At baseline and the 12-week follow-up, we assess medication adherence with two different measures: the ARMS and pill counts. The ARMS is a 14-item instrument that consists of two sub-scales that assess taking medications as prescribed, and refilling medications on schedule. The ARMS has been validated for use in a population with chronic disease and has been shown to have good performance characteristics among individuals with low literacy levels . Upon enrolling in the pilot study, all patient participants are instructed to save all pill bottles for antihypertensive medications, even if empty, and bring them to the follow-up assessment. Patient participant HTN medications are identified from the patient’s medical record. Information required for the pill count calculation is recorded from each prescription label including: drug name, strength, and dosage form; instructions for use; quantity dispensed; and dispensing date. Pill count adherence is determined by the following formula, [ ]:
% adherence = (quantity dispensed - quantity remaining)/([prescribed # tablets/day] x [# days between dispensing date and interview]) x 100
BPTrack and BPTrack Pharm Utilization
At the conclusion of the study, BPTrack and BPTrack Pharm utilization for patient and clinical pharmacist participants will be documented through log file analysis, with specific focus on the number of patient participant home BP readings, as well as the frequency and duration of participant use of the BPTrack and BPTrack Pharm apps.
Health Care Utilization
Patient participant health care utilization will be conducted through a retrospective chart review of enrolled individuals in order to document the number and reason for primary care visits during the course of this study, including the frequency and nature of contacts with the clinical pharmacist (phone or in-person), with a primary care physician at the recruiting clinic, and the Emergency Department at the academic medical center.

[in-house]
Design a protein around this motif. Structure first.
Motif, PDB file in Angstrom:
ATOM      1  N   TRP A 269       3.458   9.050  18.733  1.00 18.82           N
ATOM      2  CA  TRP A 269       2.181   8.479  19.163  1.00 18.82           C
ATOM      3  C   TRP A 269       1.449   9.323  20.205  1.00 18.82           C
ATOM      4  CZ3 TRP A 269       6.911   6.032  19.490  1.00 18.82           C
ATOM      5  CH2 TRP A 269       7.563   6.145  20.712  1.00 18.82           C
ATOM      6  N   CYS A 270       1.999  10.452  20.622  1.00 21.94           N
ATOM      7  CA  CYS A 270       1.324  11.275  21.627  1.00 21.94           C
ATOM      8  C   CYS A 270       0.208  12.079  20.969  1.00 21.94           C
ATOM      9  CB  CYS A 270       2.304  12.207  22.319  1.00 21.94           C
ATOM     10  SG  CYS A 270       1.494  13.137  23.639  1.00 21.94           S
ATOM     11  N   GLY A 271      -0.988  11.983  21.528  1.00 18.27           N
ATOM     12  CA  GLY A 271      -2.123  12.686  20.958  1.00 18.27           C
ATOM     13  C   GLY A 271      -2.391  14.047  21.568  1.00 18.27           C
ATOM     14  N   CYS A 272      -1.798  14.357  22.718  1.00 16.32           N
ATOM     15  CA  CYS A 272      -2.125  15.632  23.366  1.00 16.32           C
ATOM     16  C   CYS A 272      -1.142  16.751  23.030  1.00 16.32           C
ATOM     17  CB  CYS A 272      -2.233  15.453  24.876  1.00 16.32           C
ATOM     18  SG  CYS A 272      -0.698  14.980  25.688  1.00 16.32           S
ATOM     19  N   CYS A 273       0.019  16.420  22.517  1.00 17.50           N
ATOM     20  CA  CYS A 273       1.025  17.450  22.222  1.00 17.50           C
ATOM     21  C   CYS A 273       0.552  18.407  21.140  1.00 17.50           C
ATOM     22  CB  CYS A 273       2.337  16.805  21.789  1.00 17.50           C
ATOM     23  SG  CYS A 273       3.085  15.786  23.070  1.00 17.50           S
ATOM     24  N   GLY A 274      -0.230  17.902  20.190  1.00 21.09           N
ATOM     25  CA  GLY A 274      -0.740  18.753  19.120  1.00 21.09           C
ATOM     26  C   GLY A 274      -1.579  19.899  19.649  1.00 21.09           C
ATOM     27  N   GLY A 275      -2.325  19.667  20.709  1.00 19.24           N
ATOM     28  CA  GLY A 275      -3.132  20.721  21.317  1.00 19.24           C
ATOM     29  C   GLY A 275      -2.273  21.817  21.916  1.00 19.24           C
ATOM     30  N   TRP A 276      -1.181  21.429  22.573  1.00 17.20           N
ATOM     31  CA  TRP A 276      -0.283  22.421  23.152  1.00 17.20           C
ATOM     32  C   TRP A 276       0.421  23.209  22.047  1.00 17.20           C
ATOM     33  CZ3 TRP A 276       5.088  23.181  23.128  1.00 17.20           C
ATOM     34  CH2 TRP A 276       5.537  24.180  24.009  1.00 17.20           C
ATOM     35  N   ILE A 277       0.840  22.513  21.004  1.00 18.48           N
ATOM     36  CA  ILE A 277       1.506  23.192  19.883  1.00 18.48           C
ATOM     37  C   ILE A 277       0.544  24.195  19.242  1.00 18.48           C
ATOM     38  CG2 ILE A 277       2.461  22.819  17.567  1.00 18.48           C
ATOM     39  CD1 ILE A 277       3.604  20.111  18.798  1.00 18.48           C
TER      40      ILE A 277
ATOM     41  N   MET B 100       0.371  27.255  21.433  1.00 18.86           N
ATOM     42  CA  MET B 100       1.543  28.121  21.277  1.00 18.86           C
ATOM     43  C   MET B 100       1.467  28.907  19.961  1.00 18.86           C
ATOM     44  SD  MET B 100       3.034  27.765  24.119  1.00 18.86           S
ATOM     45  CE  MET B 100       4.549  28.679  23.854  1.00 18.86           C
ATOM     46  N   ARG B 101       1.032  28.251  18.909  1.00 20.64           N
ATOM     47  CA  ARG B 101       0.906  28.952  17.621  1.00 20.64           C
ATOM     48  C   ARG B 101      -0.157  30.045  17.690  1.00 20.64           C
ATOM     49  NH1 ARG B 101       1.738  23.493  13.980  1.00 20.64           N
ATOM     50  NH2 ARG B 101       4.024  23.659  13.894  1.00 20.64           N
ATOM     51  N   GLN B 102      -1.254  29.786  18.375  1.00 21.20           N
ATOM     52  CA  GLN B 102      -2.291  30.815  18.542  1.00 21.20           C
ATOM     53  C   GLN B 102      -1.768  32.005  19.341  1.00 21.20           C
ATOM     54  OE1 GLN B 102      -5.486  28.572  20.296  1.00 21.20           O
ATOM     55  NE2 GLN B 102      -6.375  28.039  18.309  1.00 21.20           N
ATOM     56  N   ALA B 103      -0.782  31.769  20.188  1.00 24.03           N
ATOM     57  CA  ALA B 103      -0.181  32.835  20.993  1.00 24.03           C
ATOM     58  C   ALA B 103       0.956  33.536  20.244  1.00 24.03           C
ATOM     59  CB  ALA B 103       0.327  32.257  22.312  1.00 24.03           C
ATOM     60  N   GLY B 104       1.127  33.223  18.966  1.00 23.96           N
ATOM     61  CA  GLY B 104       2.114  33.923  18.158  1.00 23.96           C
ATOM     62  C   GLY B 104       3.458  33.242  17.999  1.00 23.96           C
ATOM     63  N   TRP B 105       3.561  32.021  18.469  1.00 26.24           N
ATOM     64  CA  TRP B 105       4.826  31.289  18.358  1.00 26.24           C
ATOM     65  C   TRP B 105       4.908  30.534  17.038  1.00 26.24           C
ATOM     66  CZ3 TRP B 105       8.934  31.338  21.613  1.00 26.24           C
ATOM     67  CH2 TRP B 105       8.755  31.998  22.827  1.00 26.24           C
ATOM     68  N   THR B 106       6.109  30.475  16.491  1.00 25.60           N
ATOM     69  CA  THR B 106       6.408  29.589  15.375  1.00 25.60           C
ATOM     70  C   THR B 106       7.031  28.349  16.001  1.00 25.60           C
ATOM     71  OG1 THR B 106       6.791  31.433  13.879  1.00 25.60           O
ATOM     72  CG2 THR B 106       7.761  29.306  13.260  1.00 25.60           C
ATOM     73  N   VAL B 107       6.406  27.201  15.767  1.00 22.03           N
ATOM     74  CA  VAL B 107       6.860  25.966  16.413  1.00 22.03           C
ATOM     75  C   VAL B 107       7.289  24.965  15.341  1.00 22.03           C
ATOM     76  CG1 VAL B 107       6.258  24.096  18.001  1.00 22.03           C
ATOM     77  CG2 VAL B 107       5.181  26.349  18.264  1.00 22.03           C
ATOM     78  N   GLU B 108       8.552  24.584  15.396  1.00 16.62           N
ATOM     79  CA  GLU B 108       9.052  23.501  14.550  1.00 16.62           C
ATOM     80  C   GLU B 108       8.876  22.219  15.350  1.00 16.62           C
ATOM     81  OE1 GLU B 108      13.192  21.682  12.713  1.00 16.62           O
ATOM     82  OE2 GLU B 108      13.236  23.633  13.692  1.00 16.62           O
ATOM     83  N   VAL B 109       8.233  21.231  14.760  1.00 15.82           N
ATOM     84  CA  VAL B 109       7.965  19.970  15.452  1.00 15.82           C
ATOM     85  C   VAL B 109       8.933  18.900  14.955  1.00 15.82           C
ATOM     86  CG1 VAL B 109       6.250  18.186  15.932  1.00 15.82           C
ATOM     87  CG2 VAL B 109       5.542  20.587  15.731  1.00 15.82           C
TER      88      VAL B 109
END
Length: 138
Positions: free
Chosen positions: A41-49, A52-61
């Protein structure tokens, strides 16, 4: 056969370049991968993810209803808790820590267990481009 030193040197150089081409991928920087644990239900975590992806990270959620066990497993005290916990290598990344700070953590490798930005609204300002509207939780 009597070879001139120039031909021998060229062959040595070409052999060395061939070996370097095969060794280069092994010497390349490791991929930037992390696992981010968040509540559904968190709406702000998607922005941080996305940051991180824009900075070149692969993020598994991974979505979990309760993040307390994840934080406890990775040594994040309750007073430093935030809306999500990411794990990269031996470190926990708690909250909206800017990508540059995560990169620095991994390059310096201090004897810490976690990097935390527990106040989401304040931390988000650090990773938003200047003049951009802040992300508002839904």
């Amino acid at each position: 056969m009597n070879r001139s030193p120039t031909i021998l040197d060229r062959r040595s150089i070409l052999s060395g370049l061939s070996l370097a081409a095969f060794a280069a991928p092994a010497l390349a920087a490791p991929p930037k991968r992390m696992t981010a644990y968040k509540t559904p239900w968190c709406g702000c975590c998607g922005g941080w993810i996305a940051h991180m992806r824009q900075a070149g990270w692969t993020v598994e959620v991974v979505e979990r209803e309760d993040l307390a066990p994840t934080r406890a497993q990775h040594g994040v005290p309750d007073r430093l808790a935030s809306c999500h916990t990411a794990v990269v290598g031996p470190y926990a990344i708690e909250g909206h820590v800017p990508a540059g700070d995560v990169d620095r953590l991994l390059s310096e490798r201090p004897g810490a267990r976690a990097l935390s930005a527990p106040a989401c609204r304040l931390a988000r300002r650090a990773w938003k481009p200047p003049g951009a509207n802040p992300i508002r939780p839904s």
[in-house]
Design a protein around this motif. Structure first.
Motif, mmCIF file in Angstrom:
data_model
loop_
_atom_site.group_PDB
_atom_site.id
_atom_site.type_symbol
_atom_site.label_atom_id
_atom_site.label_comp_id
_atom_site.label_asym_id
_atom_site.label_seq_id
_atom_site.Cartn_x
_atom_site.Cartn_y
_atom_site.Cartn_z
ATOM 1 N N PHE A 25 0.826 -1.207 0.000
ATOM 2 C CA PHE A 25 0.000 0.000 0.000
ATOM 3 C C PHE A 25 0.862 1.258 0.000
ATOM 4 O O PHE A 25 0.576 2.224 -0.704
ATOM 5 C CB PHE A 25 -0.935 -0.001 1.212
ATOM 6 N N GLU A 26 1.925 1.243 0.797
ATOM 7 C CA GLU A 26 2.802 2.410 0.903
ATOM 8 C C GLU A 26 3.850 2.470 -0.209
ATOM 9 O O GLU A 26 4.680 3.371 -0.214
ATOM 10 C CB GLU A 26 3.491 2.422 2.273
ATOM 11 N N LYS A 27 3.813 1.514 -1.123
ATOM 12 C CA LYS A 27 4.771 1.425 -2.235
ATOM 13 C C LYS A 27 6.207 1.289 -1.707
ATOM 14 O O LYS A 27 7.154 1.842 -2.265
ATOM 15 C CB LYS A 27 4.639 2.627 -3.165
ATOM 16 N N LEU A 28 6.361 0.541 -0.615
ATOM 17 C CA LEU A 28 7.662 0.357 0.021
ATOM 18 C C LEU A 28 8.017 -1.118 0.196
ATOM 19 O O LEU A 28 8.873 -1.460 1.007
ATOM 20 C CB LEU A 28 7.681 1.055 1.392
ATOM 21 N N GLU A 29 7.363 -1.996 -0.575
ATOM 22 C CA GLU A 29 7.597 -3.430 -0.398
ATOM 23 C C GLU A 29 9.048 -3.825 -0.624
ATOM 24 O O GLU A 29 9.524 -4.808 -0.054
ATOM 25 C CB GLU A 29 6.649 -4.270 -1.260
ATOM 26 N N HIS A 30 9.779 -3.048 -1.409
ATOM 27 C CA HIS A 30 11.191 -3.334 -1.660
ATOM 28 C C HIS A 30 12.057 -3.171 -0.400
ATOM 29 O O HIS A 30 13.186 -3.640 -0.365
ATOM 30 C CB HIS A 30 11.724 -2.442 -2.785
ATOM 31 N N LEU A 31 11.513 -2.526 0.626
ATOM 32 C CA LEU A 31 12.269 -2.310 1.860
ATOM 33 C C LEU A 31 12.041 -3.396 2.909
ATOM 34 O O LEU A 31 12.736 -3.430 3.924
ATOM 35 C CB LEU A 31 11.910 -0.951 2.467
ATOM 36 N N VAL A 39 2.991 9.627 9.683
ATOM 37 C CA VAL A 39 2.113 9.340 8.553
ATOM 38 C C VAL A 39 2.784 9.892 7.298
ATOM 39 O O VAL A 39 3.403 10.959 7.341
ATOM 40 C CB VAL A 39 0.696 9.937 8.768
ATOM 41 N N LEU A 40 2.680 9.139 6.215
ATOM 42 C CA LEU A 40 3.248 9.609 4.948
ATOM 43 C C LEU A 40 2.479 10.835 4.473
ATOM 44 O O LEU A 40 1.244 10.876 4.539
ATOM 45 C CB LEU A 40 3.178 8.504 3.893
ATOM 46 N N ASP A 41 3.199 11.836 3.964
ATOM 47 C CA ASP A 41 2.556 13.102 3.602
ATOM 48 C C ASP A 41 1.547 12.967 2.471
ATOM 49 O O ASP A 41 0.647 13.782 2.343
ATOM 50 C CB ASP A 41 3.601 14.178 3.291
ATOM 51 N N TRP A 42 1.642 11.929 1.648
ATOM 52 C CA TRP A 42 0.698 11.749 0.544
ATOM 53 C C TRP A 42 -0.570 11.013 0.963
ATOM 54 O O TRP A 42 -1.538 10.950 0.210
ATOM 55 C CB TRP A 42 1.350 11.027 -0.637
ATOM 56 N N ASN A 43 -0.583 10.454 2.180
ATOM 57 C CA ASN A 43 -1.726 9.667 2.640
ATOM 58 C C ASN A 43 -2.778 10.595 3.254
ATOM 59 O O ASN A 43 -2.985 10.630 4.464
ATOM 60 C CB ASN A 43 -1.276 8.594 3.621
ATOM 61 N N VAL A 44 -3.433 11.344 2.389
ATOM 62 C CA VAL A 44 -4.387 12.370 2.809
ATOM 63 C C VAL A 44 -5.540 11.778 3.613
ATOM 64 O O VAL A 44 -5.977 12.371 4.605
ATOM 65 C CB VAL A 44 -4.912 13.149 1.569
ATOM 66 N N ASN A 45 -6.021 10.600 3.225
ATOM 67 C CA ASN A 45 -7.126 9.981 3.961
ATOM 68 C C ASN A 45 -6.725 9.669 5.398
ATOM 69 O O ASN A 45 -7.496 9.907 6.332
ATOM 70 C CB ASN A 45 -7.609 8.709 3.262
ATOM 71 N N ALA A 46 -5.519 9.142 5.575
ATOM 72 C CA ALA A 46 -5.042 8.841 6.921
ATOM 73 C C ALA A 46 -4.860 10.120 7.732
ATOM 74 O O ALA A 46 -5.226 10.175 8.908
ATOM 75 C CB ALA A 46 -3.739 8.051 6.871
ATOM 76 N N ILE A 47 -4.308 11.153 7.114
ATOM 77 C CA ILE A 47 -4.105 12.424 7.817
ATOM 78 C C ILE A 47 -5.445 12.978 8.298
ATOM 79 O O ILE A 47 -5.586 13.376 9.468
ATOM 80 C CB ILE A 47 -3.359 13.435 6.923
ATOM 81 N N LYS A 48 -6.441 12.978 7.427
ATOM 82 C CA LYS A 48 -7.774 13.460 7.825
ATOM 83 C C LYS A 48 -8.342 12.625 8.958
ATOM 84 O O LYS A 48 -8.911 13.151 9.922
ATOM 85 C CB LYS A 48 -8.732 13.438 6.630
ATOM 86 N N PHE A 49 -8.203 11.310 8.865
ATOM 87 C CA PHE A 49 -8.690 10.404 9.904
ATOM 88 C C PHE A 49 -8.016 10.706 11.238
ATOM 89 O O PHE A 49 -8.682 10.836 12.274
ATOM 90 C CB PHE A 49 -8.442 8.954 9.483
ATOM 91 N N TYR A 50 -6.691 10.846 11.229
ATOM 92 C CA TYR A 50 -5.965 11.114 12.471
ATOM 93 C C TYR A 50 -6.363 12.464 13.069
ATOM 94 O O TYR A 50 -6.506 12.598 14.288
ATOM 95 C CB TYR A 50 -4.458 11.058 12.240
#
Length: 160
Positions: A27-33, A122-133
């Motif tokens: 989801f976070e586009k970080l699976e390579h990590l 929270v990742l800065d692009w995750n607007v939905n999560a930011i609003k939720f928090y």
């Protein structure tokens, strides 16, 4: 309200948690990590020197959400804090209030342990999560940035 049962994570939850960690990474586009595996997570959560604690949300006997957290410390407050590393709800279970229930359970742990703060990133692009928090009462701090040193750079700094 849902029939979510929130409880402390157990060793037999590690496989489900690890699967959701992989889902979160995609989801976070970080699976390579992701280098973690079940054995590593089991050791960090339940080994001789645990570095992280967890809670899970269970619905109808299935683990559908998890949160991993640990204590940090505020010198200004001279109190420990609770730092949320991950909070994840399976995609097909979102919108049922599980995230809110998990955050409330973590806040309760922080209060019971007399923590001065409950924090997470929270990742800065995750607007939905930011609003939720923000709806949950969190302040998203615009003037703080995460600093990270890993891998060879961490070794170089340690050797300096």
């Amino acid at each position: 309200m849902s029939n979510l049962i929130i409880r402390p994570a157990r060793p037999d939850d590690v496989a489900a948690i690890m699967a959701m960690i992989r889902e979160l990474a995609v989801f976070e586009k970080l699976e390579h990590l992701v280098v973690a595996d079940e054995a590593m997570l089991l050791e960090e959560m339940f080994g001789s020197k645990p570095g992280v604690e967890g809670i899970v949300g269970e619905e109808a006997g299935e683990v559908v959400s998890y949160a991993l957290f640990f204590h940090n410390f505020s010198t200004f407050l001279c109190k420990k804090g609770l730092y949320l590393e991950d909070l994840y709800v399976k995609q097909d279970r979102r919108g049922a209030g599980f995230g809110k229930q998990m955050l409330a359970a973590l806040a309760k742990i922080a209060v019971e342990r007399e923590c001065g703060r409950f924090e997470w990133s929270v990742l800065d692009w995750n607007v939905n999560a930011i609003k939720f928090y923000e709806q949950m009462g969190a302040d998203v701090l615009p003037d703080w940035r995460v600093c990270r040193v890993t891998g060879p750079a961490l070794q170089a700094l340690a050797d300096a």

Patient Participant Perceptions
At the conclusion of the 12-week study period, we will conduct an investigator-developed survey focused on patient participant perceptions of BPTrack including ease of use, usefulness, impact on health outcomes, and satisfaction. We will also conduct an open-ended interview using a standardized script to elicit additional qualitative feedback.
Key Stakeholder Utilization and Perceptions
At the conclusion of this pilot study, we will conduct an in-depth interview with the clinical pharmacist involved in this study to better understand perceptions of the system from a clinical perspective. Moreover, throughout the course of the pilot study, the pharmacist has been asked to maintain detailed logs of the time spent using the app, time spent monitoring and following-up with patient participants, and perceptions of the program. These logs will be collected and analyzed in order to document the personnel needs to maintain such a program. We will also conduct key stakeholder interviews with clinic medical directors, primary care physicians, health system administrators, and information technology personnel at the recruiting site and other affiliated clinical sites, to identify potential barriers to broader intervention dissemination, as well as strategies to overcome those challenges.